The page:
A rendering of a community space in the C Suites concept by H.ME.

Concepts like cohousing and similar models of development are poorly understood oddities or pigeonholed as student housing. But, speaking at the recent 2016 ULI Spring Meeting, moderator Howard Kozloff, a panelist from Agora Partners, encouraged audience members starting with that foundation to think about ideas like “student housing configuration with a different lease profile.”

In Washington, D.C., Jamison Weinbaum, from Ditto Residential, said his company was confronting the city’s famed shortage of housing by building luxury units that featured as many as five bedrooms.

“We saw a need for shared space and then we had a site where there was a cap on the number of units,” he said. “D.C. is struggling to provide affordable units, and this was a creative way to say, ‘You can still live in a new product by having a little less private space.’ ”

To some Americans, the idea of giving up any privacy is an anathema, but panelists found that there were just as many buyers frustrated by the isolation and lack of community inherent in many typical, single-family housing developments.

Scott Blew, from H.ME, said that both residential and hotel developments have for too long created sterile, isolating spaces that many consumers may not hate, but also do not like. His company has focused on creating hotel-like buildings (branded as C Suites) that offer affordable units designed to include an attractive central meeting place.

“Each floor has a community space, sort of a flex space surrounded by private beds,” he said. “So, instead of having your own couch, you get a really awesome public space.”

But developments do not have to focus on big dorm-style units to satisfy changing public preferences, according to Marja Preston, who lives in a house built by her company, Oranje LLC.

Her development is centered on public space, and most units have doubled in value over three years. That is a reflection, she said, of the fact that, for most buyers, a sense of “neighborhood” is the most desirable, and yet also elusive, attribute that housing can offer.

“We started asking people, ‘If you could design the perfect neighborhood, what would it look like?’ ” she said. “We ended up creating a community based around shared space, a safe community for people of all ages to live in.”

Colleen Carey from the Cornerstone Group echoed this sentiment. Her company is building a new apartment building in Minneapolis anchored by a large, interior public lobby.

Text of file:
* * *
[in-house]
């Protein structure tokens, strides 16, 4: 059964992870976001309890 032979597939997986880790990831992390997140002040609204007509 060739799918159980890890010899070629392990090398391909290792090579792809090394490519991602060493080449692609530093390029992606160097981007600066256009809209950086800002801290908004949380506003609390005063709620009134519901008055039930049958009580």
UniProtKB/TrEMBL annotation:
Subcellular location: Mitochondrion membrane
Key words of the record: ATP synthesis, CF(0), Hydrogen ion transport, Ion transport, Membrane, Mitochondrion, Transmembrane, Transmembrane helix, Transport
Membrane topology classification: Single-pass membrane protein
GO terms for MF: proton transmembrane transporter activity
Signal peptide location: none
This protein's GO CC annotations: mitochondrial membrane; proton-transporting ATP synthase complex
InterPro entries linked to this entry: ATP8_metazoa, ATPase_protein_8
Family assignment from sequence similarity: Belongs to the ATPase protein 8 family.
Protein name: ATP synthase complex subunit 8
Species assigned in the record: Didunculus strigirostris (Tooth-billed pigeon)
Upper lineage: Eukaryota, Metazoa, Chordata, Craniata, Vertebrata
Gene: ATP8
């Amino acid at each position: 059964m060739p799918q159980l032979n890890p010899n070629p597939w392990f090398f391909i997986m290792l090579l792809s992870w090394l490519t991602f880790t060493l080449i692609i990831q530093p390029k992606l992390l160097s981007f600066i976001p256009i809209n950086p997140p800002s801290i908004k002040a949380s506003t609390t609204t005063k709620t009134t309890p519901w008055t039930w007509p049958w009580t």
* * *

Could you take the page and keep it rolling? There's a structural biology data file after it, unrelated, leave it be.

“We’re creating spaces designed to be used by multiple people. What people are searching for is a sense of community,” she said.

Lance Robbins from Urban Smart Growth said that developing around a shared space is still wrongly viewed as a new, experimental form of building.

“We shared all kinds of things at [University of California at] Berkeley in the ’60s. Now it’s just permeating other things, like the tech economy,” he said. “Millennials and boomers have much more in common than people realize.”

Robbins referred to one project—the renovation of an abandoned toilet factory in Columbus, Ohio—that converted industrial space into artists’ lofts centered on a large communal space featuring a central gallery, performance stage, and bar. The project was so successful that his company is replicating the model at another site, in California.

Robbins said many developers viewed projects with communal aspects as too limiting, ignoring the popularly held perception that consumers demand privacy above all else. But because so much housing has focused on appealing to a focus group–generated, lowest-common-denominator resident profile, the U.S. housing market as a whole has itself become too limited.

“The problem with most developers is that they build for one person. This is about creating space around all these different personas,” Robbins said. “This is based around letting people do what they want to do. When you really figure out what people want and give them the chance to do that, the results are amazing . . . and it’s also profitable.”

Weinbaum said his company was hoping their D.C.-based dorm-style urban housing model could also be adapted for family housing, which is critically short in the nation’s capital.

“We’re working on a project that would be all-family housing. Instead of a club room, we want to have a play room,” he said. “We think that could be a whole other kind of space. We’re always trying to look at other markets.”